Police budget cut raises concern in the Senate
Shadow National Security Minister Michael Dunkley yesterday urged Government not to “play games with public safety” as he questioned how police can tackle rising violent crime with a reduced budget.
Government Senate leader David Burch had defended the police budget cut of 11 percent to $58 million for 2011-12 by telling the Senate yesterday: “The Bermuda Police Service was not expected to be exempt from the economic realities that form the backdrop to this Budget.
“There is a greater need for greater efficiency, and I expect they will meet the challenge.”
However, Senator Dunkley said he was uncomfortable with Government's repeated promises to “do more with less” without specifying how that will be achieved.
“It's clear in my mind that over the last couple of years the challenges we have faced with crime and public safety in this community caught Government flat-footed,” said Sen Dunkley.
“But since that time we have done a pretty good job. The police should be commended.”
But pointing to statistics showing that firearm shootings had increased from one in 2008 to 14 in 2009 and 39 last year, he continued: “I don't want to put handcuffs on police themselves because they don't have the budget to get things done.”
Sen Dunkley said that at the beginning of 2009-10 Government had allocated $60.5 million to the police budget, only to end up spending $70.5 million.
“The Minister said two years ago we are going to cut overtime,” he said. “Lo and behold, the budget was an absolute farce.
“So how can we sit here today as senators and have any faith that that $58 million is going to be close to the mark? That makes a mockery of the Budget process.”
Of Government's vow to “do more with less”, he said: “Give me a break. Show me something tangible where I believe that's going to happen. We can't play games with public safety.
“Today we want answers on how this Government believes this Budget will actually work.”
Sen Dunkley also called for a review of the Police Service to see how it can be made more efficient.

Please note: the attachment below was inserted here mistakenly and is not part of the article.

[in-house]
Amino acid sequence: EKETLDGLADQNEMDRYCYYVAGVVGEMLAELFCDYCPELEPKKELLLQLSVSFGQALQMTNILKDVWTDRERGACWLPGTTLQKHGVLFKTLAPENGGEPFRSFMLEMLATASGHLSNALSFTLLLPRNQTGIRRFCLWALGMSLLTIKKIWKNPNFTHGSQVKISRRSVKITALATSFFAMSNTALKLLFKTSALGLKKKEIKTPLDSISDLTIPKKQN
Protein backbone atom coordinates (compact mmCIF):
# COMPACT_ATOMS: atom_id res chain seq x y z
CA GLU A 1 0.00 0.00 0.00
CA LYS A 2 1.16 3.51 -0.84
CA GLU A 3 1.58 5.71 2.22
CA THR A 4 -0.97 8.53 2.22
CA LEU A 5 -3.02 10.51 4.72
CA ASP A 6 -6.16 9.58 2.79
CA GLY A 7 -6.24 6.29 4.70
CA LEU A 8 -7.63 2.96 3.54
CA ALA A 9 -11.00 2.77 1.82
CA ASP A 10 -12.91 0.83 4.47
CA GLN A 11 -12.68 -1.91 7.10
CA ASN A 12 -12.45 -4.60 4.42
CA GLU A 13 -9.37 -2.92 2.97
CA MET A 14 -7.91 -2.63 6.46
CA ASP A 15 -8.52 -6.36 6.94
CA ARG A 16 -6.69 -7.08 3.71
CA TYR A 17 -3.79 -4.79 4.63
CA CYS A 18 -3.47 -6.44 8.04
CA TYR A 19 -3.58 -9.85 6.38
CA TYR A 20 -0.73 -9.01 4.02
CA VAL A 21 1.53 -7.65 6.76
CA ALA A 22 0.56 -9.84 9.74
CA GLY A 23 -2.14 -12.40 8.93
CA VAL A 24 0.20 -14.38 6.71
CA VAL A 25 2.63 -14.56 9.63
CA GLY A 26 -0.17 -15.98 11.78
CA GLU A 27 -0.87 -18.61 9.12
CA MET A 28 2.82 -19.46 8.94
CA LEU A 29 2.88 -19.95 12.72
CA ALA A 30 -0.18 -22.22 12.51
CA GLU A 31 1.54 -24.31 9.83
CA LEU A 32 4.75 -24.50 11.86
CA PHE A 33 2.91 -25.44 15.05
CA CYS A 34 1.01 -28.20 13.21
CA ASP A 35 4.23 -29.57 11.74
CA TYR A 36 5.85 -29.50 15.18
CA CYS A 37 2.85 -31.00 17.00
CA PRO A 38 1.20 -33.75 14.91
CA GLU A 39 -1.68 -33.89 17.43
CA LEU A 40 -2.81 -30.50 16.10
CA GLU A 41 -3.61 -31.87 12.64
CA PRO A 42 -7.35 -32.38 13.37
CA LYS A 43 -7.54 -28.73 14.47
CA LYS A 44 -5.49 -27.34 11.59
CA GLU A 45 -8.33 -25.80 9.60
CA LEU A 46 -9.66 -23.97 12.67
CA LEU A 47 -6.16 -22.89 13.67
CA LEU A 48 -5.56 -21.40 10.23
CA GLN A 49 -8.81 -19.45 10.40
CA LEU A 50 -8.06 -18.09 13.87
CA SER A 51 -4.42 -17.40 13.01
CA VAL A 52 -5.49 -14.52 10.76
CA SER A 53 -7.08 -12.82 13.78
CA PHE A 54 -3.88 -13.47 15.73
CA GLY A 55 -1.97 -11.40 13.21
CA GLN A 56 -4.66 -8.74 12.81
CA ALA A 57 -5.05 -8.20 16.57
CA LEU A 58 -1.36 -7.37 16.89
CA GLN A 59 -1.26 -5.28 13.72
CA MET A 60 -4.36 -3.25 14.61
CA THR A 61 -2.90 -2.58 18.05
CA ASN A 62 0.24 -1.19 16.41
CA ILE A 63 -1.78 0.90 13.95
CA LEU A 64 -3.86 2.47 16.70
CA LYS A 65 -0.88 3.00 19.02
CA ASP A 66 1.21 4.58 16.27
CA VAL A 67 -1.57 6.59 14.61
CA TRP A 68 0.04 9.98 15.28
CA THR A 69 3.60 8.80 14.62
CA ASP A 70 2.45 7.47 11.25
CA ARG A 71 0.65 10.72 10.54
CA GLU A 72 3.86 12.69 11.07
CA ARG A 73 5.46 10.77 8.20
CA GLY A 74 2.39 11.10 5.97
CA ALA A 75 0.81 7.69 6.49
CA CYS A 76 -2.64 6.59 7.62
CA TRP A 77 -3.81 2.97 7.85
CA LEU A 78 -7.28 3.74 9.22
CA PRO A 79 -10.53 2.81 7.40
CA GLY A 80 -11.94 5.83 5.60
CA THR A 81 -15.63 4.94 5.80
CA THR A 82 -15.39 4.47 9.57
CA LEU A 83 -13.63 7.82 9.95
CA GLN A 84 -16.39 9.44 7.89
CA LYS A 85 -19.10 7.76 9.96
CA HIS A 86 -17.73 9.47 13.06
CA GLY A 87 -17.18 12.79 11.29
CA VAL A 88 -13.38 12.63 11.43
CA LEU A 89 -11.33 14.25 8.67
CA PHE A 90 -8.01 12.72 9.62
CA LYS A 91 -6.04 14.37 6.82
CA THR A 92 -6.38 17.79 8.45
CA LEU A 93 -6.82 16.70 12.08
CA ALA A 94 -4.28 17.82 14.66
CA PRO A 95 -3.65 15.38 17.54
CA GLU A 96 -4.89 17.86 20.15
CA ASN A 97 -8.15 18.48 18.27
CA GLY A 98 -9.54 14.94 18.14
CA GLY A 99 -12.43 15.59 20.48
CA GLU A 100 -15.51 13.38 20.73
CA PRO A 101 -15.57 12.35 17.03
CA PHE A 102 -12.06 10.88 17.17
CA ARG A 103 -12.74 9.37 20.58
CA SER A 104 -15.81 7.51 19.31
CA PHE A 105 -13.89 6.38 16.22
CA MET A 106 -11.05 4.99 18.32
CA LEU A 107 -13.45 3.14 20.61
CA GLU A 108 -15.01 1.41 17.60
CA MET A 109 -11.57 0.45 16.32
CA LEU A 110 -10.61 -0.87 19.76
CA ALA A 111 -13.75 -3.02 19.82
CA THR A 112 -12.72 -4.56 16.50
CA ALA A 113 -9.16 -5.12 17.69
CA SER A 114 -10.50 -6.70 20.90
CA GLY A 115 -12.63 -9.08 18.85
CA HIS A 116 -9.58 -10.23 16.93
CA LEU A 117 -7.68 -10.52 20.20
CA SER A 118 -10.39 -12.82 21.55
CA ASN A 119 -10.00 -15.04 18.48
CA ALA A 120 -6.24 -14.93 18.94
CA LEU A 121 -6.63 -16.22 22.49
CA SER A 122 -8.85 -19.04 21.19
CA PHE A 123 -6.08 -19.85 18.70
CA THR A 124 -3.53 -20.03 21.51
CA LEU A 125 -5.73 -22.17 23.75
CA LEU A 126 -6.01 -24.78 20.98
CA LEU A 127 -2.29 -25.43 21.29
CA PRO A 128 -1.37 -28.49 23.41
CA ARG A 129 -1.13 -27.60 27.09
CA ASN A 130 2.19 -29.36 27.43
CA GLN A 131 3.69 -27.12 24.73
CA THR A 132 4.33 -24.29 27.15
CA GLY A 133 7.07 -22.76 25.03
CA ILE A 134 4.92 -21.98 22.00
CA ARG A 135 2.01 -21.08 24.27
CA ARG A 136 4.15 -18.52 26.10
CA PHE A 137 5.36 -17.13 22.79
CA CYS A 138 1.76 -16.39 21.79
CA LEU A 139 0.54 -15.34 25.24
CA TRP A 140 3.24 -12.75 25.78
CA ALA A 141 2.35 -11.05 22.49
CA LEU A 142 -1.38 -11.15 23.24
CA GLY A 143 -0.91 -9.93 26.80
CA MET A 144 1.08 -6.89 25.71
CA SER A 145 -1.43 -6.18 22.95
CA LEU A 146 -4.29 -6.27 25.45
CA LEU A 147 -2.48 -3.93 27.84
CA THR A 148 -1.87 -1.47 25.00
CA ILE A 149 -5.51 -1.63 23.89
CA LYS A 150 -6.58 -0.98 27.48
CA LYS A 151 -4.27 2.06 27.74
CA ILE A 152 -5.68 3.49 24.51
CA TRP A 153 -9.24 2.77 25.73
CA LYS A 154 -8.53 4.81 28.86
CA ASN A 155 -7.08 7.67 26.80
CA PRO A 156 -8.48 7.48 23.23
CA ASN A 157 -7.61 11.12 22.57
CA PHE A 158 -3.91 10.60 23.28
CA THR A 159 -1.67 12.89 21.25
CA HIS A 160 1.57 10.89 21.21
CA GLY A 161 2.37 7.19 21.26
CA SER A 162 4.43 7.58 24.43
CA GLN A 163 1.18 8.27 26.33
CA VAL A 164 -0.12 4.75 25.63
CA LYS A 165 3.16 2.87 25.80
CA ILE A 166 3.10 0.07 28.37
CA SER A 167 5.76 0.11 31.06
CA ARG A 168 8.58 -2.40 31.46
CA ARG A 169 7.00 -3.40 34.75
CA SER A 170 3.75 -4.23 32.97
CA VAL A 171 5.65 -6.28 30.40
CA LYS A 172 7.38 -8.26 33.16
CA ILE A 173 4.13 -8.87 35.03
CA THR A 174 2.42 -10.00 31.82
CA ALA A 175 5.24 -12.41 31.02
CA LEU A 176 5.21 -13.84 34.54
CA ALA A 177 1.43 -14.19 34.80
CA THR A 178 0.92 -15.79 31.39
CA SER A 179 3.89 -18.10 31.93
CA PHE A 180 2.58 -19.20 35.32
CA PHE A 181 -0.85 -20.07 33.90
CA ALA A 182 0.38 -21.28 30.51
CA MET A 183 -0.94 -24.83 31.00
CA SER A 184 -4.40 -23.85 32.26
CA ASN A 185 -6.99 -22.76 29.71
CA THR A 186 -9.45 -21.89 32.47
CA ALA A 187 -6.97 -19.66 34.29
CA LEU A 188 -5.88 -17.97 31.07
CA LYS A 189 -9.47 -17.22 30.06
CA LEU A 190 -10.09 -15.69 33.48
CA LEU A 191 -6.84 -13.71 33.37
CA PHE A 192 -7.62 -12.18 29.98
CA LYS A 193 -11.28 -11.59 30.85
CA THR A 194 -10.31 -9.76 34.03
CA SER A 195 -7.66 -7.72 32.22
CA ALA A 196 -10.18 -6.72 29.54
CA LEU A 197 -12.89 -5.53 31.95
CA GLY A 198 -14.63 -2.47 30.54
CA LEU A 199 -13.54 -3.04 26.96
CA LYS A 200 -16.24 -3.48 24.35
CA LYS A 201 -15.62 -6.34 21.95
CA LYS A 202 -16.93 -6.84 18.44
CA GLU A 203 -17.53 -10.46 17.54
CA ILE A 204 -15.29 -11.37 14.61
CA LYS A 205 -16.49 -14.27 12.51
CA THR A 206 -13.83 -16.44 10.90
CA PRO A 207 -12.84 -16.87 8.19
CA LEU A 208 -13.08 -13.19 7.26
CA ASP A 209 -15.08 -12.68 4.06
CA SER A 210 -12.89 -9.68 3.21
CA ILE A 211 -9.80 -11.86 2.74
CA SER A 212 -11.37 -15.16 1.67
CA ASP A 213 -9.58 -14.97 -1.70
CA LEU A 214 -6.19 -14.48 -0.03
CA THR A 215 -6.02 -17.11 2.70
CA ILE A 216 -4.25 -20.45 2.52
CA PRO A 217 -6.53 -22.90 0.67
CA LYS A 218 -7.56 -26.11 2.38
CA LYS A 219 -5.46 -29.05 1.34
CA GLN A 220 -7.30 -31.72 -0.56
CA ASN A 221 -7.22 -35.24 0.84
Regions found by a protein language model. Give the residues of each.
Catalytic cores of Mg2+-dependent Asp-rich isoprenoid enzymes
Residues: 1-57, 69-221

Reflecting on Sen Burch's comments that the force will cope with cuts, he said: “That tells me before we weren't being as efficient as we should be.”
Sen Burch later replied: “The Bermuda Police Service has always overspent. The same apparent disregard for budgeting occurred under the UBP.”
Now, he said, “the Commissioner has said enough is enough and said that such disregard for the budget process must cease”.
He went on to praise Commissioner Michael DeSilva for not being media shy and for giving regular updates on policy and statistics.
More praise for Mr DeSilva came from PLP Senator David Burt who said: “I think this Commissioner has done a magnificent job despite the decrease in resources budgeted over the past year.”
During yesterday's debate, Sen Burch said a new X-ray scanner being installed in Hamilton's docks would enhance targeting techniques.
The machine, he said, will be capable of scanning 175 containers per seven-hour day and is designed to combat the importation of contraband such as drugs and guns, and save dock staff having to search containers by hand.
Earlier this month, Hamilton Mayor Charles Gosling refuted Government's claim the Corporation of Hamilton had stepped back from the new X-ray project.
However, Sen Burch yesterday said he would be quite happy to release into the public domain documents proving Mr Gosling wrong.
Sen Dunkley said an incident two weeks ago, when one of his own containers was inspected by nine officers, showed the current system is “a joke”.
“Why would we need nine staff to inspect one container?” he asked. “Hopefully this new piece of equipment can do a decent job.”
The Shadow Minister also spoke on road safety, saying we should not allow the habits of road users to “just continue to degrade”.
Opposition Senate leader Jeanne Atherden asked Sen Burch to explain the purpose of an independent immigration review and land holding review that he has previously announced.
Sen Burch replied that Government has embarked on a review of the Bermuda Immigration and Protection Act. It is also looking at the issue of land holdings “to determine if there's a means to stimulate the economy by a review of land licencing”.
Sen Atherden also commented on the 33 percent cut in the budget for the police central area command unit and asked how this will be achieved.
UBP Senator Suzann Roberts-Holshouser, the former St David's MP, asked for figures on police officers on patrol in the East and West ends.
She also asked whether work permits will increase but Sen Burch told her that issue came under the Ministry of Economy, Trade and Industry, not National Security.